Please read the rest of the article here.
You can buy and retire in Nicaragua from under $100,000
I moved to Nicaragua 10 years ago and live in an adorable two-bedroom, two-bathroom home on half an acre with a beautiful ocean view. That would never have happened in the U.S. I also retired 11 years early. Back home I’d be working until the day I died.
There are five areas in Nicaragua where the infrastructure and expat communities can offer you a different life than the one you are used to in the U.S.
San Juan del Sur (where I live) is often called “the party town on the beach,” but it has also been finding its way as an art town. Fledgling art organizations crop up and work together and separately to provide a new art scene for this tiny three-square-block city.
Click here to view newsletter…….June 2017 Precious Timber Newsletter
For nearly any product you can think of, there is a market in Nicaragua. Today, as thousands of Nicaraguans who fled the Sandinistas during the revolution return to their native country, they bring with them sophisticated tastes and an appetite for the kinds of goods and services they grew accustomed to while in exile in the United States and in Canada. Their return has proved to be an incredibly stabilizing force in this country–both economically and politically. After all, these were the attorneys, the doctors, the better educated in the society who fled.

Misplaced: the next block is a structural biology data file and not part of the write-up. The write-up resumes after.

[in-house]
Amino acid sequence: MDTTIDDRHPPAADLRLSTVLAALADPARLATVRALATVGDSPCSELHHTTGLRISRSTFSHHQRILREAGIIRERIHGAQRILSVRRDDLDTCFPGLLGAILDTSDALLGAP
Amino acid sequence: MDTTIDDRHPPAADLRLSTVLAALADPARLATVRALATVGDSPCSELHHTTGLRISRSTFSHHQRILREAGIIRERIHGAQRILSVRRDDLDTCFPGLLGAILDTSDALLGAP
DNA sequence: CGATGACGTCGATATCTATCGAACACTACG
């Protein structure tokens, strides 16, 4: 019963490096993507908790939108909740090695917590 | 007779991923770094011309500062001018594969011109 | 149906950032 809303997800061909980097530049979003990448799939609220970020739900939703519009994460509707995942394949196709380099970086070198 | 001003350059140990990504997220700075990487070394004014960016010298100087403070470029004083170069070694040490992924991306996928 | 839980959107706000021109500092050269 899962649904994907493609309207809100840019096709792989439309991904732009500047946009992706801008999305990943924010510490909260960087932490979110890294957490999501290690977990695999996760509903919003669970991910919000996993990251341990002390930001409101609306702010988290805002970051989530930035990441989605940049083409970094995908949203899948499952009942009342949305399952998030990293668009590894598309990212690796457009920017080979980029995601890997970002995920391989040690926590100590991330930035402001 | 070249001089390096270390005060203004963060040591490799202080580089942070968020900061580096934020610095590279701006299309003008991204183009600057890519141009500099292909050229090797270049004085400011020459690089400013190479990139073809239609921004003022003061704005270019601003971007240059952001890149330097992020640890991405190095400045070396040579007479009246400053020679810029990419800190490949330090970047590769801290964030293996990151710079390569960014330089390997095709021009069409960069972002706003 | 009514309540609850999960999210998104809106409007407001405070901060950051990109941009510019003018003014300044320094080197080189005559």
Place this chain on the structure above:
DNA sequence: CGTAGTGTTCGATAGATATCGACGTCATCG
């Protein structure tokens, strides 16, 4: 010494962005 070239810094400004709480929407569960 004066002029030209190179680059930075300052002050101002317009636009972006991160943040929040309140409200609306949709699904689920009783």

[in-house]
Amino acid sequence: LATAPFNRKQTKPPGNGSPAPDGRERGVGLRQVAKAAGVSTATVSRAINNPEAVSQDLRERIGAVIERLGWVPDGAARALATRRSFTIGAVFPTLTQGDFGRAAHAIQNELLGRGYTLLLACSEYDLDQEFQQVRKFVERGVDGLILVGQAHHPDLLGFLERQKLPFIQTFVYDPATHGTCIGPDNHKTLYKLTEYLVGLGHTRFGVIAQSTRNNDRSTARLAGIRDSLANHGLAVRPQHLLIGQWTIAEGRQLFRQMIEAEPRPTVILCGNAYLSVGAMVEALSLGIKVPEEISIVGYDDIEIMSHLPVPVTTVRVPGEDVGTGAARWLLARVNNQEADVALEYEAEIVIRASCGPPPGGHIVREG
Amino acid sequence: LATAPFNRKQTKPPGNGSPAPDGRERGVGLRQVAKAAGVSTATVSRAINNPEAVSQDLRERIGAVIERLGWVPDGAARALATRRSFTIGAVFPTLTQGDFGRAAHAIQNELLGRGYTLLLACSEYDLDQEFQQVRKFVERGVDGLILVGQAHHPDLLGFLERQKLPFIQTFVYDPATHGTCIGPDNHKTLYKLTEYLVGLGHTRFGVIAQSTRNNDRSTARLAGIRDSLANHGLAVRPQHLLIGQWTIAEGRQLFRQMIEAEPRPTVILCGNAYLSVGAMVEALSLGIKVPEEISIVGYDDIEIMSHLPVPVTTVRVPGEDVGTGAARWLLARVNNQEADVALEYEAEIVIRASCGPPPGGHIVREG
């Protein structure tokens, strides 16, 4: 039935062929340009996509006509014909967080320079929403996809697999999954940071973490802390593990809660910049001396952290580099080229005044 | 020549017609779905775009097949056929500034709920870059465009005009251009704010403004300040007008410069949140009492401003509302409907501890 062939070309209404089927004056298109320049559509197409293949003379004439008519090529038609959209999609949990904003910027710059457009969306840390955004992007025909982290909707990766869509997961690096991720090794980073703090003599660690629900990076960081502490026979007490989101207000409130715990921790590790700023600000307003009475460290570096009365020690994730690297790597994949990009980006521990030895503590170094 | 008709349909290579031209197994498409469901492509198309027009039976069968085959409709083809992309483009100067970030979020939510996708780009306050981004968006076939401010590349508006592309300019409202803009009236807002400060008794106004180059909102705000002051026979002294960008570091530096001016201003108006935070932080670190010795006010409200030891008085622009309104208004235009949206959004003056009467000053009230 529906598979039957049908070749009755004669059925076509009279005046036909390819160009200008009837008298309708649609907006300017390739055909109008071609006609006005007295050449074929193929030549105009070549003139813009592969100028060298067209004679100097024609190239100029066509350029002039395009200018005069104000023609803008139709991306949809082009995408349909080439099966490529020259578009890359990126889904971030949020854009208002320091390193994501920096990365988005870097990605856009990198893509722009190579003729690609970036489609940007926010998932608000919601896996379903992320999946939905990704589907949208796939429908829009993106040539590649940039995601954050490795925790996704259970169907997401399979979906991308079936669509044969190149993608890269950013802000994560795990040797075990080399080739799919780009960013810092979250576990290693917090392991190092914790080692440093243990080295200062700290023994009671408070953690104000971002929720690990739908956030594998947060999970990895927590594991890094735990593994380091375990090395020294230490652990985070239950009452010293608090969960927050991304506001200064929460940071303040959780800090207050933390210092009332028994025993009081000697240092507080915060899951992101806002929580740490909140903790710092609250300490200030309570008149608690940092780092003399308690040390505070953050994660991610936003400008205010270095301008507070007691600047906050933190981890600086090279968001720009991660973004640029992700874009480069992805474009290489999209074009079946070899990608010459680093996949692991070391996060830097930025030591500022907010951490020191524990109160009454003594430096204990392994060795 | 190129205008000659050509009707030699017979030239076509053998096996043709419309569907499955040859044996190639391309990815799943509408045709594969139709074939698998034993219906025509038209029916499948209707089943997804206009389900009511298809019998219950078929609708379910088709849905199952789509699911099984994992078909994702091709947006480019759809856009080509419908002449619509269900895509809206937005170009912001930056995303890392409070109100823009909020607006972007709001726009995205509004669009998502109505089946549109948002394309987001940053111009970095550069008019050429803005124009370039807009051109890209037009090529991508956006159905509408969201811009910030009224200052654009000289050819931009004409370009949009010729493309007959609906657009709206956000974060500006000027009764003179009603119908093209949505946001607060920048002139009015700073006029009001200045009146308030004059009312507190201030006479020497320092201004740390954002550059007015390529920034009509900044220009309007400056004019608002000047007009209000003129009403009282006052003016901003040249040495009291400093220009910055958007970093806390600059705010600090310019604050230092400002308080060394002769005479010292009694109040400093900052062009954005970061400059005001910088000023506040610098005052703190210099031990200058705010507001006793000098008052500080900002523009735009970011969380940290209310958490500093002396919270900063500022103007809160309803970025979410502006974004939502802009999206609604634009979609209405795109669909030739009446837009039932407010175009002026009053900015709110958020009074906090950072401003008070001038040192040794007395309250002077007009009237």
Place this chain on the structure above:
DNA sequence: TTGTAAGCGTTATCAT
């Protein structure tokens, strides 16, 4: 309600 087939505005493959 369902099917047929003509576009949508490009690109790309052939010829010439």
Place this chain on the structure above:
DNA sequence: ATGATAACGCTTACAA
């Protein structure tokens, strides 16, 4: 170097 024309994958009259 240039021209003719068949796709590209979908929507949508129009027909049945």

And now they understand how a free-market economy works. They understand democracy. They speak English. And, perhaps most critically, they form a true middle class with expendable income to buy the goods and services to which they’d become accustomed in North America. That spells opportunity for you.
Nicaragua has one of the fastest real GDP growth rates in Central America. The country has complied (unlike many other nations) with prescribed IMF demands for cutting its deficit, implementing structural reforms, and maintaining overall monetary stability.
Nicaragua is set to benefit from rapid and sustained economic growth in the years to come, growth it has encouraged with the passage of several laws specifically designed to attract and protect foreign investors. According to the Economic and Commercial Section at the U.S. Embassy in Nicaragua, “The in-flow of foreign direct investment has almost doubled [for the most recently-available figures]–from US$97 million in 1996 to US$184 in 1998.” About one-third of that investment comes from the United States…investment primarily in agriculture, construction, services, industry, mining, energy, tourism, and aquaculture.
Investing in Nicaragua Involves Very Few Restrictions
In the last decade, Nicaragua has privatized nearly all its old state-owned monopolies, save for the public utilities, and has thus dramatically reduced the amount of government red tape investors have to contend with when they do business here. In addition, it has opened up all sorts of new markets.
A foreign investment law ensures you can repatriate 100% of your profits and, after three years, the initial investment as well. (Even if you don’t “register” your investment, banks will freely repatriate profits.)
You’ll find no legal grounds for discrimination against you when you invest. The law allows for 100% foreign ownership in every economic sector. And there are no restrictive visa or work permit requirements to inhibit investment.
Please read the full article here…